Gen John W. Nicholson, the top United States commander in Afghanistan, claimed on Saturday that the US was aware of Afghan Taliban leadership's presence in Peshawar and Quetta, adding that the military would continue to put pressure on Taliban sanctuaries inside and outside Afghanistan.

In an exclusive interview with Tolo News, the top commander discussed US President Donald Trump's recent speech in which he revealed his long-awaited policy on the Afghan war.

Trump, in his first address as the commander-in-chief, called for greater troop deployment and Indian involvement in Afghanistan while lambasting Pakistan for offering safe havens to “agents of chaos”.

According to Gen Nicolson, the matter of the alleged sanctuaries for terrorists was being addressed "in private" by the governments of US and Pakistan.

“The Quetta shura, Peshawar shura — these shuras are identified by cities inside Pakistan; we know Afghan Taliban leaders are in these areas,” said Gen Nicholson in the interview. “Support for terrorists and insurgents has to be reduced — [it] has to be stopped.”

The top commander said that Washington's new policy in the region was not time-based; rather, it relied on the fulfillment of certain conditions.

“It is our mandate to put military pressure on the Taliban," Gen Nicholson said, adding that Washington was seeking a peaceful solution in Afghanistan. “Taliban need to know they cannot win militarily."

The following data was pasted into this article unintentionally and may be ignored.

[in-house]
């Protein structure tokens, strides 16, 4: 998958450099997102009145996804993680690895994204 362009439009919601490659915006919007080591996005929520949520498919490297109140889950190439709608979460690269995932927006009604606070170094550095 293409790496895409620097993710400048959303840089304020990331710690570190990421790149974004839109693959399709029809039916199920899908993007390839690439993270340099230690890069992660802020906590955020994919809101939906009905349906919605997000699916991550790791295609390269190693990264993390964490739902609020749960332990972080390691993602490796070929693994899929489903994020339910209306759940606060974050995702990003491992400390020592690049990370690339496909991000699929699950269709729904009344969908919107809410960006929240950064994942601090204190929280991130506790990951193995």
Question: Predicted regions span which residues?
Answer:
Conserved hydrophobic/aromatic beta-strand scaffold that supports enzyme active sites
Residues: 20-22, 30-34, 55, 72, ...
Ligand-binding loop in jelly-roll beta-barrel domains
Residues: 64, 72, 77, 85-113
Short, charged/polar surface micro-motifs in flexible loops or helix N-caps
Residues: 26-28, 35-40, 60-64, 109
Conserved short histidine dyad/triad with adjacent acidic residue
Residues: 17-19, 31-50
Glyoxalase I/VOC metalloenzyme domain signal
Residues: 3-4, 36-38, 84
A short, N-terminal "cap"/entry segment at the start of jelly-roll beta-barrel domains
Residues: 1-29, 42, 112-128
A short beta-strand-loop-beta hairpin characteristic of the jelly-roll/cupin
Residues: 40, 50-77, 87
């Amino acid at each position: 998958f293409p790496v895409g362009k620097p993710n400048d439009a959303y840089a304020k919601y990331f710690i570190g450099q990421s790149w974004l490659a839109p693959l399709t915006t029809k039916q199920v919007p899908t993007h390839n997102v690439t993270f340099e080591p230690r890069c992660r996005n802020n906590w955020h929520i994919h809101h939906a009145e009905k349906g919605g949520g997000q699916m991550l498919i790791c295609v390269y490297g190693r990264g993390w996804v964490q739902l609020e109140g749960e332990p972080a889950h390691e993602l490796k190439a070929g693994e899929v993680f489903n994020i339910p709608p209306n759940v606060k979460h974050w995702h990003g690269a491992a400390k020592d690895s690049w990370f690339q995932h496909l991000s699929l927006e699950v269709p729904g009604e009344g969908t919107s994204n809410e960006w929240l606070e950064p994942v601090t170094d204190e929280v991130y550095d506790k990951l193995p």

Hoping that the Taliban would enter the peace process with Washington, the top commander said that the military would continue to put pressure on their sanctuaries inside and outside Afghanistan.

The top commander said that while it was possible to find a diplomatic formula in Afghanistan, the US would continue its military efforts in the country and help Afghan forces improve their capabilities.

By increasing their territorial control and continuing to put pressure on the 'safe havens', Gen Nicholson was hopeful that the Taliban would be forced to enter a peace process.

Following Trump's speech last Monday, relations between Islamabad and Washington have become tense.

A day after Trump accused Pakistan of duplicity, Secretary of State Rex Tillerson had warned Pakistan that it could lose its status as a privileged military ally if it continues giving 'safe haven' to Afghan militant groups.

Tillerson had claimed that Washington has "leverage" over Pakistan, "a non-Nato ally" that has been receiving US aid.

US Ambassador David Hale held separate meetings with Foreign Minister Khawaja Asif and Chief of Army Staff Gen Qamar Javed Bajwa to brief them on the new policy.

"We are not looking for any material or financial assistance from the US, but trust, understanding and [an] acknowledgement of our contributions," the COAS had told Hale.

A day after the policy was unveiled, the Foreign Office had rejected the allegations made against Pakistan.

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